Dark Circles Under Eyes

We’ve all experienced an irresponsibly late night followed by an unacceptably early morning. You squint and stumble all the way to the bathroom, cracking open one eye and then the other. The whites of your eyes have been rendered red, the lightning-like capillary vessels have exploded, and it hurts to see. Beneath that you notice something odd. Is that a shadow? A trick of light? Did you get punched last night at the bar—in both eyes? Or are your eyes still blurry from last night’s shenanigans?

Dark circles under your eyes can be an indication of many things. In the all-too-common example mentioned above, it’s a sign of fatigue and irritation, but it could be an indicator of a greater health problem. It could also just be the way you are. If you have very pale skin or deep-set eyes, you might be cursed with a lifetime of dark circles under your eyes. It could be worse—put a cold washrag over your eyes and meditate on the positive aspects of your life. However, you should know the basics.

Dark Circle Causes

Dark circles are caused by blood. We have blood in our skin all the time; it just so happens that the skin around our eyes is very thin, so it’s easier to see there. If your eyes are irritated because of allergies or fatigue, things tend to puff up; this makes it even more evident.

Best Ways to Get Rid of Dark Circles

Maybe it’s natural.

Heredity and your age can have a lot to do with your susceptibility to dark circles under your eyes. Some people have thinner and lighter (or almost translucent skin) around their eyes, which obviously makes circles more apparent. Also, as we get older, our skin starts to stretch and get thinner. This happens because of gravity, a slow down in collagen production, and a loss of elasticity…and the slow loss of energy through the natural processes of entropy. There isn’t much you can do to stave off aging or change your genetics—or we’d always be beautiful and live forever.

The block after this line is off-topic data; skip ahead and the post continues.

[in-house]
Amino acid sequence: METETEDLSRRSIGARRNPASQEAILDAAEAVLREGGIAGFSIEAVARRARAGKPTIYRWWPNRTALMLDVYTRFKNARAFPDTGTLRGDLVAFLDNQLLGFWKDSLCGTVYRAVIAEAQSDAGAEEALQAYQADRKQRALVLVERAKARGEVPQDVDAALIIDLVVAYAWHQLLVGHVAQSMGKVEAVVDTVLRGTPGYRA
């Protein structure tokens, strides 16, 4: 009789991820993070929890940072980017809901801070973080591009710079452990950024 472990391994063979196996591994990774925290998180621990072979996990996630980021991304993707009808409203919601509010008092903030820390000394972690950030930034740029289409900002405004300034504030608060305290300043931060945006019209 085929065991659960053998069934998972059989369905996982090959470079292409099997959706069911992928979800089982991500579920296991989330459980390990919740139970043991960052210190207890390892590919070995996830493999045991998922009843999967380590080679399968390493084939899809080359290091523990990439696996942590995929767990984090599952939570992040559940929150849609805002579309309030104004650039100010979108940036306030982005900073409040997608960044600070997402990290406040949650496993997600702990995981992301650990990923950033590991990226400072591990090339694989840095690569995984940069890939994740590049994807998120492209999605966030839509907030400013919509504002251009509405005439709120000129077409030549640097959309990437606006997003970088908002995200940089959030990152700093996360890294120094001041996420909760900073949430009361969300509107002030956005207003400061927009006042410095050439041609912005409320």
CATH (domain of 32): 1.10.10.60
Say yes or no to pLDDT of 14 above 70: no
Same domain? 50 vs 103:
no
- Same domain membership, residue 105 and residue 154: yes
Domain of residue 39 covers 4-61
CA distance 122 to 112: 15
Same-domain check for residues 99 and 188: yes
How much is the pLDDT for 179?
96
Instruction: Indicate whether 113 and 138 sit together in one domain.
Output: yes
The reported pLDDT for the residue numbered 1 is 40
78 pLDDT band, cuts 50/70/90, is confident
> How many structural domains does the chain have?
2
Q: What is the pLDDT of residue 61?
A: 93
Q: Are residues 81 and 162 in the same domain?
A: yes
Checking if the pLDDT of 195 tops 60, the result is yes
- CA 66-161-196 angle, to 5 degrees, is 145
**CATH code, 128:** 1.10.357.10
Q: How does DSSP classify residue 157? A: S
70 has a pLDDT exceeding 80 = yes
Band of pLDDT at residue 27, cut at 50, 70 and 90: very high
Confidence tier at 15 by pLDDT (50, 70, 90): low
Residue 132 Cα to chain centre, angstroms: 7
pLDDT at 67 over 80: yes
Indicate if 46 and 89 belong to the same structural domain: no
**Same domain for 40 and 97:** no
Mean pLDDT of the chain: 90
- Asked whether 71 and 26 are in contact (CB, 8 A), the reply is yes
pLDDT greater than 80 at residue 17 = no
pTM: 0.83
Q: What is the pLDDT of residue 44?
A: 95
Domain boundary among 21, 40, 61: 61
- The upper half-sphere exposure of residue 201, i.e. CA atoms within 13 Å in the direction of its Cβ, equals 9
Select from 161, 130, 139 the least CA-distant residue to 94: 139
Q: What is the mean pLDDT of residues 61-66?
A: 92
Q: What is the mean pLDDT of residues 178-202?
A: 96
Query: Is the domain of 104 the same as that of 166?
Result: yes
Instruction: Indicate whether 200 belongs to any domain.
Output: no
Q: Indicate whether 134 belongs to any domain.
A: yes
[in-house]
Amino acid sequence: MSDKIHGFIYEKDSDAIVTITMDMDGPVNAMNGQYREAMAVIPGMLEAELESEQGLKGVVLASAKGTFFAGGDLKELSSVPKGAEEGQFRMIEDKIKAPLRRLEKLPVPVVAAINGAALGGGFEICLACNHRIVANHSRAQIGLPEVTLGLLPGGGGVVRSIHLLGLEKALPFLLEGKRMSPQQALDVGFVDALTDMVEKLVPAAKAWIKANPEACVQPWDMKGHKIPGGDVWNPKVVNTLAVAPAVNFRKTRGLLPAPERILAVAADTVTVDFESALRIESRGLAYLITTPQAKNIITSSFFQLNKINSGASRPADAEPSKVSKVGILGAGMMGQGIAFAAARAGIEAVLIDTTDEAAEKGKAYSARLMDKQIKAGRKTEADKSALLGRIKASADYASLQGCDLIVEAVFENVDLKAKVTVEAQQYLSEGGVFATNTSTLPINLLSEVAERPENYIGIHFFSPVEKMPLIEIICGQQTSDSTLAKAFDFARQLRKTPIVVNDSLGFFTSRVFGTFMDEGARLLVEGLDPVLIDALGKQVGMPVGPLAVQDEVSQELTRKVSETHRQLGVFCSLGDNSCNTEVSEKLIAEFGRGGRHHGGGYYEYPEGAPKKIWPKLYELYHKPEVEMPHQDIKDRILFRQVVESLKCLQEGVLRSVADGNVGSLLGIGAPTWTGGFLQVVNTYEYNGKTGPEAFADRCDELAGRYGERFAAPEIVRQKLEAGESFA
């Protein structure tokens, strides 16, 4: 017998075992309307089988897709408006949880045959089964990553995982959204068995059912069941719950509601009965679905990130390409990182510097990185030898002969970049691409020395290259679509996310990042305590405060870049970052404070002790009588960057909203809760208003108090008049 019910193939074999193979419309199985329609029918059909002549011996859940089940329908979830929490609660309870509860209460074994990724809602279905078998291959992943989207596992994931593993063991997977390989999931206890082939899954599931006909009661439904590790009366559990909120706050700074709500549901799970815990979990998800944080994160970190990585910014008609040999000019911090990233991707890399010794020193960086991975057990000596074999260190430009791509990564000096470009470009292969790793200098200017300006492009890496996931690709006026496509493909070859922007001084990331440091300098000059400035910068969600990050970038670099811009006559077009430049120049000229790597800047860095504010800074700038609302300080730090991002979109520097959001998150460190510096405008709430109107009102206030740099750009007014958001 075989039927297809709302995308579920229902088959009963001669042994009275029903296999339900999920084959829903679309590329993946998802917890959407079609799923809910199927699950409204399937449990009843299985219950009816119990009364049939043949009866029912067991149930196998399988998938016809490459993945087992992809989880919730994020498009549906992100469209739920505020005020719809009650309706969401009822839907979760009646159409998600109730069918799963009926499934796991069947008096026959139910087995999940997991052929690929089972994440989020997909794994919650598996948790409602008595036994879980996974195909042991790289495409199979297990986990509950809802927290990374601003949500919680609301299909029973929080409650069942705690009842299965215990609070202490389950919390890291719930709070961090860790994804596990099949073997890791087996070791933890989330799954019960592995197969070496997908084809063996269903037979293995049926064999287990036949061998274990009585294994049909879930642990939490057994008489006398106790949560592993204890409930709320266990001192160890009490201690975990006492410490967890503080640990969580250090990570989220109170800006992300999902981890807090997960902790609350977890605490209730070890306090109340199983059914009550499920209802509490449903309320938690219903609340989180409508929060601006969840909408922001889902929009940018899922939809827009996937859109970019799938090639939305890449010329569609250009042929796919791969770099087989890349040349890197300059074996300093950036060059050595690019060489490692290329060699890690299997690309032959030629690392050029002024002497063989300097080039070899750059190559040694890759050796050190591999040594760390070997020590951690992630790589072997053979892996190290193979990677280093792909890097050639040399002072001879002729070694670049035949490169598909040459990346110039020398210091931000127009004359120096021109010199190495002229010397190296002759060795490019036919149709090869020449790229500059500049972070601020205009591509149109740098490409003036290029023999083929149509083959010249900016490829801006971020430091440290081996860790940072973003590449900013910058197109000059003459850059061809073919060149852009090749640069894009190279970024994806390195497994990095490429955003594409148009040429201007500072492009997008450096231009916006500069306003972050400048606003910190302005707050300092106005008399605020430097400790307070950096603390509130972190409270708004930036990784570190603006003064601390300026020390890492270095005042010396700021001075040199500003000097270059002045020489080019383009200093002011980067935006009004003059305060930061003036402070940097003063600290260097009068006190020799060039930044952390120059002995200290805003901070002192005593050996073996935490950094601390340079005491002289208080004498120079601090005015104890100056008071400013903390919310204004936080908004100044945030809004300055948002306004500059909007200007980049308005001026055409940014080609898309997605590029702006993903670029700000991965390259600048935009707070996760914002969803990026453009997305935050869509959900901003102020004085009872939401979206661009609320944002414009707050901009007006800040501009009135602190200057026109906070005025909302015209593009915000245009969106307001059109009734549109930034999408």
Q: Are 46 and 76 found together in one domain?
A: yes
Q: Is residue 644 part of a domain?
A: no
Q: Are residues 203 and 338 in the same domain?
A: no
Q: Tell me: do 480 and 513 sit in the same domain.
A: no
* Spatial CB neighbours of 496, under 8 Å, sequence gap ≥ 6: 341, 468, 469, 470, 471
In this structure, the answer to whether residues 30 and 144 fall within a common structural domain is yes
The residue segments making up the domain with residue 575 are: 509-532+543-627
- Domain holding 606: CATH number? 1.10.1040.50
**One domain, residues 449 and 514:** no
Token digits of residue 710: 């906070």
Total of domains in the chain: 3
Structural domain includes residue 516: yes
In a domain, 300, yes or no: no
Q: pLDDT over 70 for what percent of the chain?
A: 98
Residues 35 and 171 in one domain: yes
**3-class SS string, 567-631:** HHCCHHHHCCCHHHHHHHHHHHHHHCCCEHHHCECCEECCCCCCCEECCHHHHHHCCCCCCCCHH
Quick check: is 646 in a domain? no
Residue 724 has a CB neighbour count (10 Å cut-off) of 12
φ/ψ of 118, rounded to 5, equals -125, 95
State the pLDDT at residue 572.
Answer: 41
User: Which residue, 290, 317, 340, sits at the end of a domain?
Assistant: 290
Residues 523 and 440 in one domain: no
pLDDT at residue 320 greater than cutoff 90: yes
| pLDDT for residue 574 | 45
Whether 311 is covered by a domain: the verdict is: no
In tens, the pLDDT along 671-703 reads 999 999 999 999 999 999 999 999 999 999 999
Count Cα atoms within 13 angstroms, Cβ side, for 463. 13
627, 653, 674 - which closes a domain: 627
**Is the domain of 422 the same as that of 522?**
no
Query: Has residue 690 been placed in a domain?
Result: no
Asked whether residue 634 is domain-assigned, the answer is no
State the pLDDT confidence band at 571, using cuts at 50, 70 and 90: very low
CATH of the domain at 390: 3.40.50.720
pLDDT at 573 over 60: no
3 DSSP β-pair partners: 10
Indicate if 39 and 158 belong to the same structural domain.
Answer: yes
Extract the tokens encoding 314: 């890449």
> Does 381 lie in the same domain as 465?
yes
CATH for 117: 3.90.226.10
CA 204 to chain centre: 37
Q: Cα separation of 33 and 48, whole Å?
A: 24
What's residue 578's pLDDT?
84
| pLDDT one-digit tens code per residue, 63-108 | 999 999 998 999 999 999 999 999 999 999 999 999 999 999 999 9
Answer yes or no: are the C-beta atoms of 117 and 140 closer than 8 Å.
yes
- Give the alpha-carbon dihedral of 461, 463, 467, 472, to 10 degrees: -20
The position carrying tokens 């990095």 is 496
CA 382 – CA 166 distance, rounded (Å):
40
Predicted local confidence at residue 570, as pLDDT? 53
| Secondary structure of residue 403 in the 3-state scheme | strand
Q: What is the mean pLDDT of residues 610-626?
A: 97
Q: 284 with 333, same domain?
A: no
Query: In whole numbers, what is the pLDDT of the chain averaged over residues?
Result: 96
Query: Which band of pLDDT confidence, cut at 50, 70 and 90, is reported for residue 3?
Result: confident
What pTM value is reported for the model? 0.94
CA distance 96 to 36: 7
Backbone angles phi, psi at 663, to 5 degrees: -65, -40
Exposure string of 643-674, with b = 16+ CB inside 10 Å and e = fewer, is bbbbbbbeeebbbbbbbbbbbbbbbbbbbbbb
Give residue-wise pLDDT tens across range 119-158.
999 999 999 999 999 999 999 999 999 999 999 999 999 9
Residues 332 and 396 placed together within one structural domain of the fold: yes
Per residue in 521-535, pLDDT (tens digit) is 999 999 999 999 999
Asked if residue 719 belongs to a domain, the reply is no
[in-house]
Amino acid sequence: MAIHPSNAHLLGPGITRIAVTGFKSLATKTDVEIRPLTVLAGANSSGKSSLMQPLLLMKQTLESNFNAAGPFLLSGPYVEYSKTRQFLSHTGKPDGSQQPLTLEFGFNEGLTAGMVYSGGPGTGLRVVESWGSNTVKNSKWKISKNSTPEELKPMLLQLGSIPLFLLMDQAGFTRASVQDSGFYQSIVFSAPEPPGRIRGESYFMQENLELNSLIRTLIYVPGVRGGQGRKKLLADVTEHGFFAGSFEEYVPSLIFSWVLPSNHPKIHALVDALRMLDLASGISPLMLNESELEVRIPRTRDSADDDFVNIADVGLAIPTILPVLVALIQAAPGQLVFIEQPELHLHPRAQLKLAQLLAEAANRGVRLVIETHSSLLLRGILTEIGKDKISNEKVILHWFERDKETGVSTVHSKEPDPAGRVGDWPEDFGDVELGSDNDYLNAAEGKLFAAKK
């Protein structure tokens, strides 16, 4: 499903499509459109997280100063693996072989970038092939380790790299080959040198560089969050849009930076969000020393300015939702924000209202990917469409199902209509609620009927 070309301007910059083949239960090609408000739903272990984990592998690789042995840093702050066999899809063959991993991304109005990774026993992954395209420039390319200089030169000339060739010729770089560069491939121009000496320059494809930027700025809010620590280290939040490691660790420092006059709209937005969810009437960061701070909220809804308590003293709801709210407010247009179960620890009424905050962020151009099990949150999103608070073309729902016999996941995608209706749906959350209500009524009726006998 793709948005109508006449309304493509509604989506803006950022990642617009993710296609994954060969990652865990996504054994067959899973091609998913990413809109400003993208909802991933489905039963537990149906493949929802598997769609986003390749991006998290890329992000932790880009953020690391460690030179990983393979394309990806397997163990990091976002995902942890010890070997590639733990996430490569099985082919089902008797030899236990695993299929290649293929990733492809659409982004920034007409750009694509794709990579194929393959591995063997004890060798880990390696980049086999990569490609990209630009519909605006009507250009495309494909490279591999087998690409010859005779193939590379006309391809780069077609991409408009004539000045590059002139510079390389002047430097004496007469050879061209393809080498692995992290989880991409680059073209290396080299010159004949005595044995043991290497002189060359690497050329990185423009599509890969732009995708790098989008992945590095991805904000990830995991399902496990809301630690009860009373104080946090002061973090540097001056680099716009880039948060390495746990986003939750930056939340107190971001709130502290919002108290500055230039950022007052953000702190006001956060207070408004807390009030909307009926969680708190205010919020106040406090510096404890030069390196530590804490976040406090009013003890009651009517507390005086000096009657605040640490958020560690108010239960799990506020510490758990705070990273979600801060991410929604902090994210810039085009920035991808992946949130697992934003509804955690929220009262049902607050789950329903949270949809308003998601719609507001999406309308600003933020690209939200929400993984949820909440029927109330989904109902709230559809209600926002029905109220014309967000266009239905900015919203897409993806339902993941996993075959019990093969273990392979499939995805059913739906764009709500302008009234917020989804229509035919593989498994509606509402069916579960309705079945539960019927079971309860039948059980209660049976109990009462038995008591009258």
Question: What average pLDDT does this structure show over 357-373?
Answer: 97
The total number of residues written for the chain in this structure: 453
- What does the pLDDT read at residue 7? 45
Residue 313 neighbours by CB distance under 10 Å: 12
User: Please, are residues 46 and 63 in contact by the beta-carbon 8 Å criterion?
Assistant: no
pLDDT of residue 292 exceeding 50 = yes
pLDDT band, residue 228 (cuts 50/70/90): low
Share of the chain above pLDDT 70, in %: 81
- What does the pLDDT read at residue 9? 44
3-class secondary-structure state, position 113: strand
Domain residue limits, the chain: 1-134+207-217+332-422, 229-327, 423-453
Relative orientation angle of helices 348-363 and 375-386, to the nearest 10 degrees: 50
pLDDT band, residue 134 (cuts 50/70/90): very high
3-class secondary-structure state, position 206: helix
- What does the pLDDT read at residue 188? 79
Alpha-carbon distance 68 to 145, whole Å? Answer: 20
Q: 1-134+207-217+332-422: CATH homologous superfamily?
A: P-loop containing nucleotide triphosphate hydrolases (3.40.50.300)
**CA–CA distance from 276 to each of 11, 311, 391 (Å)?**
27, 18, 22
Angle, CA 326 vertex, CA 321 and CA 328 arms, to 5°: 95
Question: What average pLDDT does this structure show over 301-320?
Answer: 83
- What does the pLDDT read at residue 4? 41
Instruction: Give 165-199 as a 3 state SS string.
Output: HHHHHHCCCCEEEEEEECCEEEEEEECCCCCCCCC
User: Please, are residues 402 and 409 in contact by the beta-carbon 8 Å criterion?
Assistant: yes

Fatigue is another cause.

This is what everyone thinks about when they see dark circles under the eyes. They assume you’ve had a late night and an early morning, one too many IPAs, or suffer from insomnia. They may be right. There are a couple of things happening when you get dark circles from lack of sleep: sleep deprivation can cause your skin to become lighter and slacker, and it can irritate your eyes (causing puffiness). The solution is simple; make it a priority to get enough sleep.

Allergies can irritate your eyes.

Whether it is seasonal allergies, food allergies, or reactions to some kind of environmental factor (like smoke or dust bunnies) eye irritation can lead to dark circles under your eyes. This happens because of inflammation and the rupturing of delicate capillaries around the swollen area; this essentially creates a bruise-like edema under your eyes. Determining and avoiding the allergen or irritant responsible is the first step, but you can also try an anti-histamine like Claritin or Zyrtec. Talk to your doctor about medications and other therapy options which reduce the allergen’s effect.

Water retention can lead to puffiness.